What do I need to make a quad mix and is that stuff available anymore? Do I need some special hardware or just a software plug-in or what?
 
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rustyandi

800 Club - QQ All-Star
Since 2002/2003
Joined
Mar 19, 2002
Messages
820
Location
Australia
Charlie
Is making a QS /reality tec Encoder
5.1 in and 2 channels out
to go with the QS decoder
I have a test unit and are going to encode
some 4 channel tracks soon
 

ndiamone

600 Club - QQ All-Star
Joined
Jun 13, 2008
Messages
637
Location
Silicon Valley (but I don't own it)
There's two ways of doing this. The boring way and the fun way.

The boring way is just to rescue some old Dolby Pro Logic encode (based on QS and by FAR the most widely playable) you can find in electronic swapmeets all over Hollywood, Nashville or New York for pennies on the dollar - get it tuned up and just mix straight to 6-tracks like the movie studios do and then pass it all thru the encoder. The 6th track is the low frequency effects channel which shares a track via band-pass-filter with the dialogue.

The fun way is:

After mixing your 5.1 channels, go into your music editing program, choose Phase Adjust and then flop the rear two channels not only out of phase to each other 180 degrees but at the same time, 90 degrees out of phase left and right compared to the front channels.

Mix all that back to stereo, and then if you have to, mix in a little extra front-center to the now-composite mix
 

0tto

2K Club - QQ Super Nova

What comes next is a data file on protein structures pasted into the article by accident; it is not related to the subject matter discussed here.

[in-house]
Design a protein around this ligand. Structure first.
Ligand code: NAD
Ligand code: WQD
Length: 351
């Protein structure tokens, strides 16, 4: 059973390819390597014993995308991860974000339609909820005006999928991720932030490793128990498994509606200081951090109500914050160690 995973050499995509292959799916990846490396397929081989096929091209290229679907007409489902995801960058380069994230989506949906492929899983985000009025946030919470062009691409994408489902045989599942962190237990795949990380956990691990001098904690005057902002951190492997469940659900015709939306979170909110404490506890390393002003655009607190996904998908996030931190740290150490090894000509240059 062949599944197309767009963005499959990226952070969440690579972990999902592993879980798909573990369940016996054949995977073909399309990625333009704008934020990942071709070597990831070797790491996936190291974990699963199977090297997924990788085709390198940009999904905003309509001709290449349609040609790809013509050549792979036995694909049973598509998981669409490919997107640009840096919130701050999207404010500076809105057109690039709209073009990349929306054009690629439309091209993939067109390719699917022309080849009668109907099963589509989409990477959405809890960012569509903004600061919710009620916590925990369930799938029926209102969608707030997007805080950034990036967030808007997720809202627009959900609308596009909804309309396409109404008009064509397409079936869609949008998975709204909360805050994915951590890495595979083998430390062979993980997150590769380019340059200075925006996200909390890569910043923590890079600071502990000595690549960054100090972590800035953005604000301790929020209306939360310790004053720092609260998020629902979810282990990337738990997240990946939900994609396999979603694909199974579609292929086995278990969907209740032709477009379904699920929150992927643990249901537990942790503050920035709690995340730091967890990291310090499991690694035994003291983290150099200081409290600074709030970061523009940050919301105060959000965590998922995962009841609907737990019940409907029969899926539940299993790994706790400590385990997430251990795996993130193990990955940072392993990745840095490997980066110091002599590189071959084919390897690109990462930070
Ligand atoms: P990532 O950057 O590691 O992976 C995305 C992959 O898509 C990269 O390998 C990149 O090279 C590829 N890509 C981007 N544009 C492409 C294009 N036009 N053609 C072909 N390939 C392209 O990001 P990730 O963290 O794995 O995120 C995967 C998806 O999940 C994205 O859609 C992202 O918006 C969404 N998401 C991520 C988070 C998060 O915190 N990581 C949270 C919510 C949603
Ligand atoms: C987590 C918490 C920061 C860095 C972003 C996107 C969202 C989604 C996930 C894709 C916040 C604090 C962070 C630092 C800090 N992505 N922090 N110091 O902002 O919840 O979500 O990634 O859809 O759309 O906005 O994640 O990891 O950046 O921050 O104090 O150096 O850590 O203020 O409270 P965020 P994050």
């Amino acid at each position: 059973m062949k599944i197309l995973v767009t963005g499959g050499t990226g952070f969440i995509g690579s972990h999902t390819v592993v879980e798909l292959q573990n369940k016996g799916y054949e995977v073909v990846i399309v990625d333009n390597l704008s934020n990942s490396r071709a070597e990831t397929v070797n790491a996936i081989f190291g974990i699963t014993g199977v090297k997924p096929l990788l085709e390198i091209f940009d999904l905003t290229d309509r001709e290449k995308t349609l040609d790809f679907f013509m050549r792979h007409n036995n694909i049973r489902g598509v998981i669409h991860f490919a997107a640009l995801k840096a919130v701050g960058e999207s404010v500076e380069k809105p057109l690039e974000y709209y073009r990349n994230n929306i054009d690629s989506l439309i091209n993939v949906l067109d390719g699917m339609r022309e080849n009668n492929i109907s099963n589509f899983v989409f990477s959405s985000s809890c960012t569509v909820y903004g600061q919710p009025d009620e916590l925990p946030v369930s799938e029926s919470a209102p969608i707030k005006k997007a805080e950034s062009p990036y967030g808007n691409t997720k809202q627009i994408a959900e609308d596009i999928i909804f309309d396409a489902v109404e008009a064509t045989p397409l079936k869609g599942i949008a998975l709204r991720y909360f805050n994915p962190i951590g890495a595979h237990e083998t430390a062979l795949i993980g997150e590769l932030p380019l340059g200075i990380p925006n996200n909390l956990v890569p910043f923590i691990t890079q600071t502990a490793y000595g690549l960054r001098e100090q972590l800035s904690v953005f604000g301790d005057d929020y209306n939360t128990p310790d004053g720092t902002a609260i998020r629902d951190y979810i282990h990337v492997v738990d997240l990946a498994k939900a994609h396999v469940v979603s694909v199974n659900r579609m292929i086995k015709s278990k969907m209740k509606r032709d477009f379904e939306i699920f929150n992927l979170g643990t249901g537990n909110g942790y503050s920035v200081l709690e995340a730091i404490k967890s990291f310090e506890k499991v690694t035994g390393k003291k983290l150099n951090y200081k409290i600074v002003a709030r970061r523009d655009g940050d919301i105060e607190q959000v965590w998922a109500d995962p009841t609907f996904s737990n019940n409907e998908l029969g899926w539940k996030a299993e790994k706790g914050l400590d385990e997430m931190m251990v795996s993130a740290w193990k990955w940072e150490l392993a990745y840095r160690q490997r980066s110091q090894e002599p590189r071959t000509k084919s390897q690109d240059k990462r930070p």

Joined
Jan 20, 2009
Messages
2,033
Location
Canada
The fun way is:

After mixing your 5.1 channels, go into your music editing program, choose Phase Adjust and then flop the rear two channels not only out of phase to each other 180 degrees but at the same time, 90 degrees out of phase left and right compared to the front channels.

Mix all that back to stereo, and then if you have to, mix in a little extra front-center to the now-composite mix
quite interesting. i should try it to see if that technic works.
as for original question, it's like "forward to the past" and such project from comercial point of view doesn't make too much sense.
perhaps 0.001 : 1000 ratio of those, who have means to utilize QS on their system. at same time everyone have DVD or BD to explore discrete surround at least as DTS 4.0
albeit QS can be implemented with project instead of usual stereo mix. that's will give opportunity to those 0.001 fun of enjoy if they prefer matrix over discrete mix.
 

inkubuzz

400 Club - QQ All-Star
Joined
Jun 25, 2012
Messages